Global Spine J 2016; 06(08): 756-764
DOI: 10.1055/s-0036-1580736
Original Article
Georg Thieme Verlag KG Stuttgart · New York

Incidence, Predictors, and Postoperative Complications of Blood Transfusion in Thoracic and Lumbar Fusion Surgery: An Analysis of 13,695 Patients from the American College of Surgeons National Surgical Quality Improvement Program Database

Ahmed Aoude1, *, Anas Nooh1, 2, *, Maryse Fortin1, Sultan Aldebeyan1, 3, Peter Jarzem1, Jean Ouellet1, Michael H. Weber1
  • 1McGill Scoliosis and Spine Centre, McGill University Health Centre, Montreal, Quebec, Canada
  • 2Department of Orthopedic Surgery, King Abdulaziz University, Jeddah, Saudi Arabia
  • 3Department of Orthopedic Surgery, King Fahad Medical City, Riyadh, Saudi Arabia
Further Information

Publication History

10 October 2015

03 February 2016

Publication Date:
31 March 2016 (eFirst)

Abstract

Study Design Retrospective cohort study.

Objective To identify predictive factors for blood transfusion and associated complications in lumbar and thoracic fusion surgeries.

Methods The American College of Surgeons National Surgical Quality Improvement Program (ACS-NSQIP) database was used to identify patients who underwent lumbar or thoracic fusion from 2010 to 2013. Multivariate analysis was used to determine predictive factors and postoperative complications associated with transfusion.

Results Out of 13,695 patients, 13,170 had lumbar fusion and 525 had thoracic fusion. The prevalence of transfusion was 31.8% for thoracic and 17.0% for lumbar fusion. The multivariate analysis showed that age between 50 and 60, age between 61 and 70, age > 70, dyspnea, American Society of Anesthesiologists class 3, bleeding disease, multilevel surgery, extended surgical time, return to operation room, and higher preoperative blood urea nitrogen (BUN) were predictors of blood transfusion for lumbar fusion. Multilevel surgery, preoperative BUN, and extended surgical time were predictors of transfusion for thoracic fusion. Patients receiving transfusions who underwent lumbar fusion were more likely to develop wound infection, venous thromboembolism, pulmonary embolism, and myocardial infarction and had longer hospital stay. Patients receiving transfusions who underwent thoracic fusion were more likely to have extended hospital stay.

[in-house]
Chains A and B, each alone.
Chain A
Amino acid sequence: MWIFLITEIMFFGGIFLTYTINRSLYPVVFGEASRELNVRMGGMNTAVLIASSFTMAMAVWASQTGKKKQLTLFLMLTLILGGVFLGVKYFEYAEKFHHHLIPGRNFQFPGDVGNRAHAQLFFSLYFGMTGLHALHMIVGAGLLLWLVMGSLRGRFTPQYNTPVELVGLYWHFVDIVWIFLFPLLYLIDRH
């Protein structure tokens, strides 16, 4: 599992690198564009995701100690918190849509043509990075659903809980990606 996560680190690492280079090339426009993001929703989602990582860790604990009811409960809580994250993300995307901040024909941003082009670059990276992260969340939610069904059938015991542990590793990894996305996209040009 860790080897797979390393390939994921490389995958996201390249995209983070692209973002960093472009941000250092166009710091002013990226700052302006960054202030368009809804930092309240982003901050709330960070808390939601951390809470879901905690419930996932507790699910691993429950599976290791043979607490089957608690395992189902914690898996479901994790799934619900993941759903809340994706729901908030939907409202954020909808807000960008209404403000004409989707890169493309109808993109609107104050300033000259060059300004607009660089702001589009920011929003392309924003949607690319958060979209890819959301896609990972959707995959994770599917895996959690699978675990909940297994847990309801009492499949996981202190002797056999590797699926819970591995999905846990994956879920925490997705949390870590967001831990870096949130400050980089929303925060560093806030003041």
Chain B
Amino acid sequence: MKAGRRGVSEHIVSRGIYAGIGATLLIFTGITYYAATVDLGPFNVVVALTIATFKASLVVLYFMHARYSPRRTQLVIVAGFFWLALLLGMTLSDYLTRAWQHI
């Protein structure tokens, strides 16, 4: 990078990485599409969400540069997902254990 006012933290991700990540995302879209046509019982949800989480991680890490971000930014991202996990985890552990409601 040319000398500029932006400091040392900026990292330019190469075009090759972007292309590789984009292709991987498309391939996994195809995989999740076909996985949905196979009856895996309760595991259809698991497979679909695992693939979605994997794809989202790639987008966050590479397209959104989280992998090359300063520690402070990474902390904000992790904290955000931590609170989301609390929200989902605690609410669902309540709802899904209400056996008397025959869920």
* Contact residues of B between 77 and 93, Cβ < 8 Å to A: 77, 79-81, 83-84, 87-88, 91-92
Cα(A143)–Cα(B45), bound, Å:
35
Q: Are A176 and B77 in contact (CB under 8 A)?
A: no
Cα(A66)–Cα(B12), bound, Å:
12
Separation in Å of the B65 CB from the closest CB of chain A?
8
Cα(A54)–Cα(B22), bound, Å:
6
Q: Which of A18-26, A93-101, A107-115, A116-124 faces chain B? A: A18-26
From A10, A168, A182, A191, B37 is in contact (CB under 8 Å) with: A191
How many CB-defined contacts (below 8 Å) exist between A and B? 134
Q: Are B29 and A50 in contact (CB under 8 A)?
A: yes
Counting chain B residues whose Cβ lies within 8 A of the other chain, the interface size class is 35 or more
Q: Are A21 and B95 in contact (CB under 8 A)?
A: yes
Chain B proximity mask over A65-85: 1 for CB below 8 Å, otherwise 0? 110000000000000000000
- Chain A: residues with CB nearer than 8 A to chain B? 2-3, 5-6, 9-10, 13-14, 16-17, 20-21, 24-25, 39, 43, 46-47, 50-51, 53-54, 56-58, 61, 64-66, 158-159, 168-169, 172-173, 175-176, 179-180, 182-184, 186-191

Conclusion This study characterizes incidence, predictors, and postoperative complications associated with blood transfusion in thoracic and lumbar fusion. Pre- and postoperative planning for patients deemed to be at high risk of requiring blood transfusion might reduce postoperative complications in this population.

* These authors equally contributed to this paper.